6. A Will Riker Crossover that Wasn’t
The two Kirks were able to successfully rejoin after their transporter accident, but what if the halves were separated for a decade? That’s what happens to Will Riker when he comes across — well, himself — on a mission to a planet he almost didn’t make it off of years before.
This version of Riker, who calls himself by his middle name, isn’t evil per se, but he’s had a much harder life. So it’s no surprise when Thomas Riker joins the rebel faction known as the Maquis. What is a surprise is when he impersonates Will aboard Deep Space 9. Like a true Riker, he charms his way all the way aboard a ship that he easily steals.
5. When a Possession Can’t Stop a Party
Chief O’Brien is excited to see Keiko when she gets back from a work trip... until she matter-of-factly tells him she’s not actually Keiko, but a being who’s sharing her body. Afraid for his wife’s life, O’Brien goes along with Fake Keiko’s plans to destroy the wormhole. Meanwhile, he’s horrified that she insists on going ahead with his birthday party (she says the real Keiko spent too long planning). The guests don’t notice a thing, but luckily they begin to suspect sabotage before the plan can be completed.
4. Lorca Loves Sunglasses
A long con so effective it even had us, the viewers, fooled, the Captain Lorca from the Mirror Universe took the place of the “real” Lorca and command of the starship Discovery. When he goes back with Commander Burnham, she thinks they’re both playing roles. But when she realizes that people from the Mirror Universe can’t handle bright light, it suddenly comes together for her — and for us.
3. An Easy Con
Streaming through the Delta Quadrant headed straight for home, the crew of the starship Voyager became minor celebrities in some of the systems they passed. Two con artists use this to their advantage to make deals they don’t deliver on — one with a commitment to his character that even Tuvok could appreciate. They do such a good job that even when faced with the video, some aliens can’t tell the real Janeway apart from her wigged doppelgänger.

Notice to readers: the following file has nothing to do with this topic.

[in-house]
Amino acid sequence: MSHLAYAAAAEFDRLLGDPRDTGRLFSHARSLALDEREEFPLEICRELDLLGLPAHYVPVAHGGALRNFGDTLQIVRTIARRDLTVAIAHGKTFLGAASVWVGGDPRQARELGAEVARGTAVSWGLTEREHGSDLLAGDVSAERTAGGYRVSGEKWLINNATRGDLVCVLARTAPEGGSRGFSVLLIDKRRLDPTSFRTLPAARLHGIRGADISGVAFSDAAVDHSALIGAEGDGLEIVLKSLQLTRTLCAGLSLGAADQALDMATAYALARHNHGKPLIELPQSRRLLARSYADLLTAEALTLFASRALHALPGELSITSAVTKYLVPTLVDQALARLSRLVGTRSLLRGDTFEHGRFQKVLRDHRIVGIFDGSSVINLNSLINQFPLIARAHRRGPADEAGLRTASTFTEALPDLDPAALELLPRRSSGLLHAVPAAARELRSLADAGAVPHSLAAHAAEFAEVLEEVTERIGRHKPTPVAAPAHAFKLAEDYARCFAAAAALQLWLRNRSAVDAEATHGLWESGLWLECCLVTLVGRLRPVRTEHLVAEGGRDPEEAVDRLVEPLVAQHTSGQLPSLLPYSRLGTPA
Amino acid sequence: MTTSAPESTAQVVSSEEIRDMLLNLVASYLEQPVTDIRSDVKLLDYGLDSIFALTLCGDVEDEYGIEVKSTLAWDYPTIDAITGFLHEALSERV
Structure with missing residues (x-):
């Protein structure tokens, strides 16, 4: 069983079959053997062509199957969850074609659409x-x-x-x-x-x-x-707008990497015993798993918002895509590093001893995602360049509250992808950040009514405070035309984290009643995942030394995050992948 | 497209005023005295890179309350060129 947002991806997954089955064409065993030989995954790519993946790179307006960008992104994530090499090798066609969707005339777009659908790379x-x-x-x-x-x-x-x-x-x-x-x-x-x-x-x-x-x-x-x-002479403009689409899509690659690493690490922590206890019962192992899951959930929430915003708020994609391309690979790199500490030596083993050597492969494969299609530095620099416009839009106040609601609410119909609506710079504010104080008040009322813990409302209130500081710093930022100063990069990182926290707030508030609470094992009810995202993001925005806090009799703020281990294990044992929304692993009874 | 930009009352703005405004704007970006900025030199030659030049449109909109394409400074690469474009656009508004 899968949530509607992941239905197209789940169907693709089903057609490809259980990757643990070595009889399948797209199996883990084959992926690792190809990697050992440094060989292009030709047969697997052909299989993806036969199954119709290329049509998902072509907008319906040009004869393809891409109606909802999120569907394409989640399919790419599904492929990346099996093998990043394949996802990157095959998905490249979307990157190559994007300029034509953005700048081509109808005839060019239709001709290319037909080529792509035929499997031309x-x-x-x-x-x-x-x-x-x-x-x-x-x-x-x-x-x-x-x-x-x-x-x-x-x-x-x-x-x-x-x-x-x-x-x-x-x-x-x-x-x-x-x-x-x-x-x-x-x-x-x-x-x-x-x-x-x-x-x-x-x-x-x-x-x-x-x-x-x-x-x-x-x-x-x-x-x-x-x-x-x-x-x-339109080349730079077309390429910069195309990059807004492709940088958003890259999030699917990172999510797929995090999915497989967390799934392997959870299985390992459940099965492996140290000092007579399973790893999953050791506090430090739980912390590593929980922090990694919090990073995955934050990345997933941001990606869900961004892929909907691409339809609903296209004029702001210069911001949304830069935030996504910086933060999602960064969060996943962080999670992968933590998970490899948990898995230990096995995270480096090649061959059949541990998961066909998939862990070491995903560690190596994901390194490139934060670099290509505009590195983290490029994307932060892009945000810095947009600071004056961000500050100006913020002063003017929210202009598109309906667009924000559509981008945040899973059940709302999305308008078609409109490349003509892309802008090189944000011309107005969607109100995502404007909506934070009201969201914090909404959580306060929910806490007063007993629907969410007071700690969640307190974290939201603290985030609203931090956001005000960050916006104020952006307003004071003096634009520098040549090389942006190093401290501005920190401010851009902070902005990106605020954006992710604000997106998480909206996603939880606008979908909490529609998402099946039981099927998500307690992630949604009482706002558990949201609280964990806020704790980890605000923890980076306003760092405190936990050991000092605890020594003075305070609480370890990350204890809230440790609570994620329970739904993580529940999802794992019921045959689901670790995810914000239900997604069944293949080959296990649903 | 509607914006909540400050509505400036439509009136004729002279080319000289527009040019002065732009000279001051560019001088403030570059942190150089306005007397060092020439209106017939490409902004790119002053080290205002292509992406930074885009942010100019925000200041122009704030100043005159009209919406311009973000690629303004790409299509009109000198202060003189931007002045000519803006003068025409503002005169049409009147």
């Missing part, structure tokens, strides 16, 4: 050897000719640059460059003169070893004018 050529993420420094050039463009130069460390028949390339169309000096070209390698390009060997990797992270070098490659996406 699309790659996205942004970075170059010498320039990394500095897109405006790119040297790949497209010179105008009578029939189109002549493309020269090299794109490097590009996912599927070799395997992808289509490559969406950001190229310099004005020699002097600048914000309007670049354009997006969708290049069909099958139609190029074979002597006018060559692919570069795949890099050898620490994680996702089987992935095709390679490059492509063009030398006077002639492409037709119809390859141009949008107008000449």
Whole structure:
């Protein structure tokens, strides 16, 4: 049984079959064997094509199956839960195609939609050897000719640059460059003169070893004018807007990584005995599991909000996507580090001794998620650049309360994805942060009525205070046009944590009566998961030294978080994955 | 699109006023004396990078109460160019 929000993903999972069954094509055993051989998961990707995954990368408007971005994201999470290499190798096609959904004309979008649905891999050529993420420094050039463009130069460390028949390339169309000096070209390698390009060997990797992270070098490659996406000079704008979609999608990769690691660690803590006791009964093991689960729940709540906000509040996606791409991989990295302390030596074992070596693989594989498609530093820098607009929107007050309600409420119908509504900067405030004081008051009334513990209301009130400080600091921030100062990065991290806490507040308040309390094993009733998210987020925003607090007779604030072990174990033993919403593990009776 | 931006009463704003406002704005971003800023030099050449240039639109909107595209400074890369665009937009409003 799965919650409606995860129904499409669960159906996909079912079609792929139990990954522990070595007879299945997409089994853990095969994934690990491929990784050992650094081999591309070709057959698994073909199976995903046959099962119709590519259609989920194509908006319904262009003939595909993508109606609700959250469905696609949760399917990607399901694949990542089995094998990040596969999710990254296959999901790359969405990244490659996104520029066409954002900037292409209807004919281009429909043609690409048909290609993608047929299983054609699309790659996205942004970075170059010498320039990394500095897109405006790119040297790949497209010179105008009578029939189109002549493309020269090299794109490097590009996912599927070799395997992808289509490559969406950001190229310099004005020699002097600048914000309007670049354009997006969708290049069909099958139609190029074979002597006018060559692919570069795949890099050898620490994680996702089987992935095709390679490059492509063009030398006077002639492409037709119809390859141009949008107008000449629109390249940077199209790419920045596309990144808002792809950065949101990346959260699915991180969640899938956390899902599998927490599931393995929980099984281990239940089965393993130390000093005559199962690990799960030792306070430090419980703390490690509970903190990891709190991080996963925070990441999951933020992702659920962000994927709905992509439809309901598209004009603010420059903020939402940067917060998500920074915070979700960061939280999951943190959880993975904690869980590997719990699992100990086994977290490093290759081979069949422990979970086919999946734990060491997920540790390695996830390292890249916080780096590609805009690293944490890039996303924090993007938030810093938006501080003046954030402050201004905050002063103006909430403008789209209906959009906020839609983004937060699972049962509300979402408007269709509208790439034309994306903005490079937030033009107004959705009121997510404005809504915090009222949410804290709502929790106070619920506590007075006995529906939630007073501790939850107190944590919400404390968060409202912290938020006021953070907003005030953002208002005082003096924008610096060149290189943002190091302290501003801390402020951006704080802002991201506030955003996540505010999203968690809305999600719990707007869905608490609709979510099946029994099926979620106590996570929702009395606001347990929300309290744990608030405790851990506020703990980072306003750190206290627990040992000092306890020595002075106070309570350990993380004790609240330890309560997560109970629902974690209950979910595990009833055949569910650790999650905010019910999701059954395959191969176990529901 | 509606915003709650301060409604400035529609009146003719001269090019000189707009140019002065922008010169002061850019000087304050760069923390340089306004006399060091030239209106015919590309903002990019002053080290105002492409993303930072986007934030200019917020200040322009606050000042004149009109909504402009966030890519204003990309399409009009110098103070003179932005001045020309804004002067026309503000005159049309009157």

2. The Changeling Infiltration
Two of the Federation's greatest threats — the Changelings and the Borg — re-emerge and conspire together resulting in the most insidious conspiracy Starfleet has ever witnessed. A rogue faction of Changelings, prisoners of war weaponized by Starfleet itself during Project Proteus, saw their biology evolved after experimentation allowing them to mimic humanoid blood, hold their form, and pass every test implemented in the wake of the Dominion War.
As such, the Changelings were able to impersonate high ranking Starfleet officials, including Captain Tuvok. Upon passing the initial test, Commander Seven of Nine approaches her dear friend "Tuvok" with knowledge of the conspiracy. With traditional testing like vocal pattern recognition and biological scans no longer effective, Seven relies on old-school detective work asking them questions they should know the answer to. When "Tuvok" agrees to meet on Aklion 7 and fails to recall that it was Seven's Vulcan friend himself who stabilized her neural pattern, the shapeshifter ends the ruse. Unfortunately, the Titan learns how far up the conspiracy goes. Hidden in plain sight, undetected for so long, they manage to launch their true attack on Frontier Day by assimilating all of Starfleet.
1. The GOAT
When a person has been pretending to be someone for so long that the imposter themselves becomes the “real” character, that’s a queen of imposters — or shall we say, an emperor. Brought over from the Mirror Universe by Michael Burnham, Emperor Georgiou fools just about everyone, and actually becomes a trusted (by some) member of Starfleet. It seems fitting, then, when she finds out she’s more than just an imposter and is worthy of given a second chance at life by the Guardian of Forever.